ADAPTING TO CUSTOMERS’ COMFORT with eating and drinking outdoors, Audacious Aleworks and Taproom located on E. Fairfax Street has moved some of its high-top benches from inside the brewery to underneath pop-up tents in its parking lot. (Photo: News-press)

It’s why attention has turned to addressing the root of the problem by making each establishment have as sanitary an environment as possible.

A jolt to that effort has been a new partnership between Falls Church’s Chamber of Commerce and BioPrep Solutions, a consulting firm that helps businesses navigate pandemics to stay in operation.

Elizabeth Feinstone, the public health director for BioPrep, said that some of the suggestions they’re passing along to businesses are how they can rearrange their stores to improve social distancing.

So for a restaurant or another business where people are most likely staying in one place, that’s been the recommended six feet of distance. But for gyms or other fitness establishments, BioPrep is recommending 10 feet of distance.

Other tips have been teaching owners and employees that not all disinfectants work the same way, with some needing to sit on a surface for a period of time before it can be wiped away.

Properly putting on gloves and masks to avoid unnecessary transmission are other pointers the consulting firm is giving out.

Securing a wholesale purchase of personal protective equipment has been a top priority for the EDA, according to Young.

Grant recipient Darlene LaFramboise, the owner of Lice Clinics of America – Falls Church, said she and other small business owners have trouble competing on the open market for the equipment that usually goes quicker to larger businesses, often at lower prices.

But Young said the City’s strict procurement regulations has made the EDA unsure if it’s even legal for the semi-autonomous organization to purchase a bunch of protective equipment and give it away to City businesses.

In the meantime, the EDA is looking to set up hand sanitizer stations throughout Falls Church for people to use and is also making posters for businesses to put in their windows that are advising shoppers to “Keep the Little City safe.”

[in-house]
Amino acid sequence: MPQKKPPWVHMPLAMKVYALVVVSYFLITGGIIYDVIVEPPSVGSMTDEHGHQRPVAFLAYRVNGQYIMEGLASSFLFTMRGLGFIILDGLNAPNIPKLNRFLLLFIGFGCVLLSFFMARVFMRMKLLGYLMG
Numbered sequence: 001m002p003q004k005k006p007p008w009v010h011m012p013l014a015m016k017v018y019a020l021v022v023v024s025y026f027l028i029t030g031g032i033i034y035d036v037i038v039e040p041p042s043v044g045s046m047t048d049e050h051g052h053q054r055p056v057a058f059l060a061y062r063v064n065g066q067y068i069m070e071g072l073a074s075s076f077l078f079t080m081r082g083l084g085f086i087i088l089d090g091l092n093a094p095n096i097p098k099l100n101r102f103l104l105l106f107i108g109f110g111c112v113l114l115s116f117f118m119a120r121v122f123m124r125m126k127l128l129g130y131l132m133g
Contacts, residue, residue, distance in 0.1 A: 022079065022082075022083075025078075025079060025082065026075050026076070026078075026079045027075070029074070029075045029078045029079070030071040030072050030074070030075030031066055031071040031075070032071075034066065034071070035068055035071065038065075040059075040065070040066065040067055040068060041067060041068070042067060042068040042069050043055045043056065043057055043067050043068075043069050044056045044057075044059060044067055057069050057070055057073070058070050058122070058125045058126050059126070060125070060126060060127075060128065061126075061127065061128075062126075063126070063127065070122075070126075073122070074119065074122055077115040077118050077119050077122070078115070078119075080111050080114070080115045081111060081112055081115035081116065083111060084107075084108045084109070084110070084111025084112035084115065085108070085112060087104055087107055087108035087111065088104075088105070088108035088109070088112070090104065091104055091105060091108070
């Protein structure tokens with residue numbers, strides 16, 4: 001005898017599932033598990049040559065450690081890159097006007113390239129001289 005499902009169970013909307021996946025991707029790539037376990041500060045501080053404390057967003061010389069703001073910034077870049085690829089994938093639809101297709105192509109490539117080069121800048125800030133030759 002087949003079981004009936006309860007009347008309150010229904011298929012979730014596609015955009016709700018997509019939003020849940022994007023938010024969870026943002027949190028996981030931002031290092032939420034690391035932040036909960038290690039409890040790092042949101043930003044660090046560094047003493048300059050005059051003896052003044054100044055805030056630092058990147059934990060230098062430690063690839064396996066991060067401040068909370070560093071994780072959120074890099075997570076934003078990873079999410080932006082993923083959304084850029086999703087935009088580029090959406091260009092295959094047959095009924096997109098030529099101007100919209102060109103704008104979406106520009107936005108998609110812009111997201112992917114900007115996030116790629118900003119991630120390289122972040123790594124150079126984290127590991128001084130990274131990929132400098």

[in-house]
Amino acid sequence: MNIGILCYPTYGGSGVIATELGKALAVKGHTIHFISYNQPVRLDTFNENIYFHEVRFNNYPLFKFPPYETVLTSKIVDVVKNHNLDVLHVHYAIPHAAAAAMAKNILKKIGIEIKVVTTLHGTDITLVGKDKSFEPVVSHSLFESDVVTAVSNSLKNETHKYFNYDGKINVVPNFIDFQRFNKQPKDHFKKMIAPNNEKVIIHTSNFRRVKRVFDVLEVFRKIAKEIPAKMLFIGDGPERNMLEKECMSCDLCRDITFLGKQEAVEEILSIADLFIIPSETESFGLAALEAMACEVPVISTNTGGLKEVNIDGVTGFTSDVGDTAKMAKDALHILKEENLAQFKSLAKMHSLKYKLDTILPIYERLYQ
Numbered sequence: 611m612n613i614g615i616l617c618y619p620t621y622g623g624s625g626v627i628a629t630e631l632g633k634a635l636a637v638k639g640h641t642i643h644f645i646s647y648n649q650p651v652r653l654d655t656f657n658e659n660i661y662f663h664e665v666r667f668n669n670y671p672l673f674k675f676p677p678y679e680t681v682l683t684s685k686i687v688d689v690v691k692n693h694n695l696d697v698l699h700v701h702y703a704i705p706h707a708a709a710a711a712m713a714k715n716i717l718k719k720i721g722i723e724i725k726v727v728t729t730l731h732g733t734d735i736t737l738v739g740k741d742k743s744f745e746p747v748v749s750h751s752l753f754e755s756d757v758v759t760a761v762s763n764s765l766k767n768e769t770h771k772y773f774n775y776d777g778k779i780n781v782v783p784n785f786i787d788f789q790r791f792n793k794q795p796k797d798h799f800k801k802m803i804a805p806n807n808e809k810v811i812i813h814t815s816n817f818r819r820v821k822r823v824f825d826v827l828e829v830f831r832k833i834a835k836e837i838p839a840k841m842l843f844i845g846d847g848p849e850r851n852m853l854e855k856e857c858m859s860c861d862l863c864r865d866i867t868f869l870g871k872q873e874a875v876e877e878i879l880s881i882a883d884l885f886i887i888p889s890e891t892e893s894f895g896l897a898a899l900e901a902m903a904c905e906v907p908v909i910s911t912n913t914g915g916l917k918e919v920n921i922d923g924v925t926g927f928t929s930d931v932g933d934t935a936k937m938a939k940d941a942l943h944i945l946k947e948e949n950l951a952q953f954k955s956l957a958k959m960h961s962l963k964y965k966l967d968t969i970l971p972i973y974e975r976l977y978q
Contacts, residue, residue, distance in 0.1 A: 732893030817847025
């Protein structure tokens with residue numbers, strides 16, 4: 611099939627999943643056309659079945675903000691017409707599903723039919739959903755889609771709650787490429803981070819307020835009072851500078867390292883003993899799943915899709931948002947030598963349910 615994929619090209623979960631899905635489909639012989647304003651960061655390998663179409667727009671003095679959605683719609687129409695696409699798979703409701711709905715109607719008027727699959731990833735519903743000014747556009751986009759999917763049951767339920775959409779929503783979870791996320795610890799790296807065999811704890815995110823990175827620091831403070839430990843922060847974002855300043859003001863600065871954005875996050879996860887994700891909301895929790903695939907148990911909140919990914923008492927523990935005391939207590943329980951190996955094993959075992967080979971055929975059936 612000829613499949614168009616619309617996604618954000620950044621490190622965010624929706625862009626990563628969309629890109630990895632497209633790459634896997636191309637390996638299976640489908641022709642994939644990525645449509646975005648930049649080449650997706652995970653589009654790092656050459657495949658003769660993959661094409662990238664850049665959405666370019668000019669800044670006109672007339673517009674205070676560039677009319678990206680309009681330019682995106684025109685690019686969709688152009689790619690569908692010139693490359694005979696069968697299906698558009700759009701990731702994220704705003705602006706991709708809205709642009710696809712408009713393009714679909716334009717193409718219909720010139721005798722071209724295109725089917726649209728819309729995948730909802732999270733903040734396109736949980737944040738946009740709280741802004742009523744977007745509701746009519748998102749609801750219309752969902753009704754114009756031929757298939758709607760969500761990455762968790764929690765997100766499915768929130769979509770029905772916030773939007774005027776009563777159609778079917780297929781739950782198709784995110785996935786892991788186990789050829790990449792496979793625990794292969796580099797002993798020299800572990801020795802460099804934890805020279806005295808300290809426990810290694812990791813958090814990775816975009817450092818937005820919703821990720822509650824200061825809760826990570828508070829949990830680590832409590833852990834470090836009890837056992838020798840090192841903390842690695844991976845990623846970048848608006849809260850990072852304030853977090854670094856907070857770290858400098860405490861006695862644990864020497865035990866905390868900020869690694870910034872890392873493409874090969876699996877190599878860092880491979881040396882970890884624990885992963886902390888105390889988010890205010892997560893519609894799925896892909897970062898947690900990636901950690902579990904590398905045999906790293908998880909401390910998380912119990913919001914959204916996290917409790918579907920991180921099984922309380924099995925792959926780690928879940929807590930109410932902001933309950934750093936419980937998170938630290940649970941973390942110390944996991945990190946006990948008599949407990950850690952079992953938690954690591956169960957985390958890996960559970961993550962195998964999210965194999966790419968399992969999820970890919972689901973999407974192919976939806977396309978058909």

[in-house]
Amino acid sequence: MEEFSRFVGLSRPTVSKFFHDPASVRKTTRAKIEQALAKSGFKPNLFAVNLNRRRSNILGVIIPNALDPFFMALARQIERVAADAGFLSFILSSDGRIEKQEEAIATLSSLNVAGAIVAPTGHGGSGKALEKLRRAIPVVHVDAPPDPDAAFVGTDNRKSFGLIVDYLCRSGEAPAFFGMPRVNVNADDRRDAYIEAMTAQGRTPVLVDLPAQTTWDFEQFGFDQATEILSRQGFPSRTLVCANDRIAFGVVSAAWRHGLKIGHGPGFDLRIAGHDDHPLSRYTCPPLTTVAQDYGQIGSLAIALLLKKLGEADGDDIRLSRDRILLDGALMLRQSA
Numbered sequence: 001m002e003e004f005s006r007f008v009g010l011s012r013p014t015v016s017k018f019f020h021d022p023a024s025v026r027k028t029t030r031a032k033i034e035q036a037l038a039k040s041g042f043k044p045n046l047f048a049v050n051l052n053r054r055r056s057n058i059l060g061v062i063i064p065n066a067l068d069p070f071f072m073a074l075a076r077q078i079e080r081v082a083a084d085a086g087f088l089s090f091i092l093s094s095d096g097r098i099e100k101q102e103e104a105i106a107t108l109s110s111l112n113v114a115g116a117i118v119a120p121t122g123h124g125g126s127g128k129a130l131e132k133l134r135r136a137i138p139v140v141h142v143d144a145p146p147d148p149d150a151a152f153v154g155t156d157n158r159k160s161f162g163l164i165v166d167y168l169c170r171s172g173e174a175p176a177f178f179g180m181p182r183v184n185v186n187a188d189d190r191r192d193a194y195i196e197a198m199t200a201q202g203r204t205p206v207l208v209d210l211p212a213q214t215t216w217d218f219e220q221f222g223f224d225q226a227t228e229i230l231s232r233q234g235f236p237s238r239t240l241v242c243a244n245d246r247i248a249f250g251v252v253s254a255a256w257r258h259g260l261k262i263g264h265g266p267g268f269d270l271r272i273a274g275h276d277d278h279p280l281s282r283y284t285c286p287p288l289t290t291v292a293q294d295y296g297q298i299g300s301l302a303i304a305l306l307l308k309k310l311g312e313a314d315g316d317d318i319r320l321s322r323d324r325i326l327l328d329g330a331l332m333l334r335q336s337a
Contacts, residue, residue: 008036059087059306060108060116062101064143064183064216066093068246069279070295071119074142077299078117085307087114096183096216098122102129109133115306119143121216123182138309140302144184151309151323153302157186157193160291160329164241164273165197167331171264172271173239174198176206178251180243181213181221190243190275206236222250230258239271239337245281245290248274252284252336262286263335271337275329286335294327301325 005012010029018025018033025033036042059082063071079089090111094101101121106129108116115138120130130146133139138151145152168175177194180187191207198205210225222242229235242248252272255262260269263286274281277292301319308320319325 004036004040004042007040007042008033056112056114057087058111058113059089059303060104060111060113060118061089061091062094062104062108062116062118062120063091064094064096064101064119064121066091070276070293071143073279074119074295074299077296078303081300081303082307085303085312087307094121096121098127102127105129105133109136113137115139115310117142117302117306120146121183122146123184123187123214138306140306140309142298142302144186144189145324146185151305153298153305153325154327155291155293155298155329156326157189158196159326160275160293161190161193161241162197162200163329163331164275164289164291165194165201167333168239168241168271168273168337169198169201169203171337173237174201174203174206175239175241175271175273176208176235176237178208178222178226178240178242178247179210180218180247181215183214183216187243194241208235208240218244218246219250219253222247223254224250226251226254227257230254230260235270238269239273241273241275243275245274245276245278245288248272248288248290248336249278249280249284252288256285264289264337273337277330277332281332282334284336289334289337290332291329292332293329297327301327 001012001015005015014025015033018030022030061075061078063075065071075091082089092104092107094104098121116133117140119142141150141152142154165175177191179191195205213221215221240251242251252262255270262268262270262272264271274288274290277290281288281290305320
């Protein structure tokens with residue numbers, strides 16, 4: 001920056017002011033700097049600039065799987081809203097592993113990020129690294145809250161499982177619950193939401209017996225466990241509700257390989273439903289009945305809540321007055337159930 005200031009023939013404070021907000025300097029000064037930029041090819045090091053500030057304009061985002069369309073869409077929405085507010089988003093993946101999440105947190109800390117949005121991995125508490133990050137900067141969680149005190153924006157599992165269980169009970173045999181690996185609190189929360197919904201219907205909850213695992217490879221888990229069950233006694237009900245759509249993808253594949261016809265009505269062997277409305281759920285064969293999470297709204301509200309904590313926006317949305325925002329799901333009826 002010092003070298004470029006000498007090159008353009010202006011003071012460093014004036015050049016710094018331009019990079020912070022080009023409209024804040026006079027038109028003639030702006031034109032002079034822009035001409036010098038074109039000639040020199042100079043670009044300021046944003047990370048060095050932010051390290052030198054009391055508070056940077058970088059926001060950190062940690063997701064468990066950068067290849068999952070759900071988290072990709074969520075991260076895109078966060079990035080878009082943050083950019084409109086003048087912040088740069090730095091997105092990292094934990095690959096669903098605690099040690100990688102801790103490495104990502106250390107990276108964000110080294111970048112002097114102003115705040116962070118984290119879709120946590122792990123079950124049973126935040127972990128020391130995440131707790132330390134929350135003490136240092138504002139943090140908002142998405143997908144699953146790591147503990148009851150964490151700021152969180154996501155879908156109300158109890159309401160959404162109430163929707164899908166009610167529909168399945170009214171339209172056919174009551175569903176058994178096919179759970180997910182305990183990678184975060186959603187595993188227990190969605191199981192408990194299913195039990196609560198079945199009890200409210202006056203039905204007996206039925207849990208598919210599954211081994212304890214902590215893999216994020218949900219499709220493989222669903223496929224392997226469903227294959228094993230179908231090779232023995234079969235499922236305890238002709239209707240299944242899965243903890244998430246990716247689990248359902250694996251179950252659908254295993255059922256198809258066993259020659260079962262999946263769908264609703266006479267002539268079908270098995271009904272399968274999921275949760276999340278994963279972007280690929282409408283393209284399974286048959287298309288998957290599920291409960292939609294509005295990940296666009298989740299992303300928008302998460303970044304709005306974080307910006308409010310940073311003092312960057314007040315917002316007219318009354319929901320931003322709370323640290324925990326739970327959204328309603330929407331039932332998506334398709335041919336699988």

That notice will join the blue and yellow check marks BioPrep is giving to the businesses that complete its course and take the “Healthy Business Pledge” it’s offering.

Feinstone said that 60 businesses have taken the course and the pledge, which requires businesses to stay up to date on the constantly evolving state and local health guidelines.

And patron reception toward the pledge has been positive, with the chamber saying that its made customers more comfortable going into a store, according to Feinstone.

Still, all the precautions being taken can’t guarantee the coronavirus won’t make an unwelcome cameo.

“We’re not promising that Covid[-19] won’t spread within these establishments,” Feinstone said, who has also given businesses tips on what to do if there is a virus outbreak at their shop. “What these businesses are doing is everything they can that we know so that they can mitigate the spread.”

Young believes the City will fare better than most in terms of its restaurant and retail activity. But if the federal government can’t come through with a second round of stimulus funding toward the end of the month, in his view, “there’s going to be a lot of bad news around.”